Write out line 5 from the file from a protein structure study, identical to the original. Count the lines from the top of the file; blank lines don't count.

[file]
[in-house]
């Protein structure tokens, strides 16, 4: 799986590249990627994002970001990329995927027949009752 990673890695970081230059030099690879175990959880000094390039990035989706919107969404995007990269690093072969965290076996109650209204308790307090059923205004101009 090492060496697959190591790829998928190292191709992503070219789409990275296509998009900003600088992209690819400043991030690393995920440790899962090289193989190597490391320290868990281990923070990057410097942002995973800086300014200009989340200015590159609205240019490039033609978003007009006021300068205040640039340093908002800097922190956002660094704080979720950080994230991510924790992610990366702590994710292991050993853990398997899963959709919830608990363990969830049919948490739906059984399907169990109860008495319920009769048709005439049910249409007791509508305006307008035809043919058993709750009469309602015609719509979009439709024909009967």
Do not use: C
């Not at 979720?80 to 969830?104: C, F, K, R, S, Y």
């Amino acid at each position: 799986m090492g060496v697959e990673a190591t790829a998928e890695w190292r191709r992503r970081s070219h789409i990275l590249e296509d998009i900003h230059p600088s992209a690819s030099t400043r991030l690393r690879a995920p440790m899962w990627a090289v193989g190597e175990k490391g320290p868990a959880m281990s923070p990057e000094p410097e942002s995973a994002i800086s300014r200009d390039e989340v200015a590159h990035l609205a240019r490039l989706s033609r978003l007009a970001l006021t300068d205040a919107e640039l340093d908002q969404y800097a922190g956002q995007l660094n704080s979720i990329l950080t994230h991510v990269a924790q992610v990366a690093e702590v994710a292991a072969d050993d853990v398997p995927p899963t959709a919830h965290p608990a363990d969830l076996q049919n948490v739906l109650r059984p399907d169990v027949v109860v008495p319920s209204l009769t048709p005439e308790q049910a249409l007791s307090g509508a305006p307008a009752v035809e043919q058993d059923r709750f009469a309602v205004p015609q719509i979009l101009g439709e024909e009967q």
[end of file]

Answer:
């Amino acid at each position: 799986m090492g060496v697959e990673a190591t790829a998928e890695w190292r191709r992503r970081s070219h789409i990275l590249e296509d998009i900003h230059p600088s992209a690819s030099t400043r991030l690393r690879a995920p440790m899962w990627a090289v193989g190597e175990k490391g320290p868990a959880m281990s923070p990057e000094p410097e942002s995973a994002i800086s300014r200009d390039e989340v200015a590159h990035l609205a240019r490039l989706s033609r978003l007009a970001l006021t300068d205040a919107e640039l340093d908002q969404y800097a922190g956002q995007l660094n704080s979720i990329l950080t994230h991510v990269a924790q992610v990366a690093e702590v994710a292991a072969d050993d853990v398997p995927p899963t959709a919830h965290p608990a363990d969830l076996q049919n948490v739906l109650r059984p399907d169990v027949v109860v008495p319920s209204l009769t048709p005439e308790q049910a249409l007791s307090g509508a305006p307008a009752v035809e043919q058993d059923r709750f009469a309602v205004p015609q719509i979009l101009g439709e024909e009967q």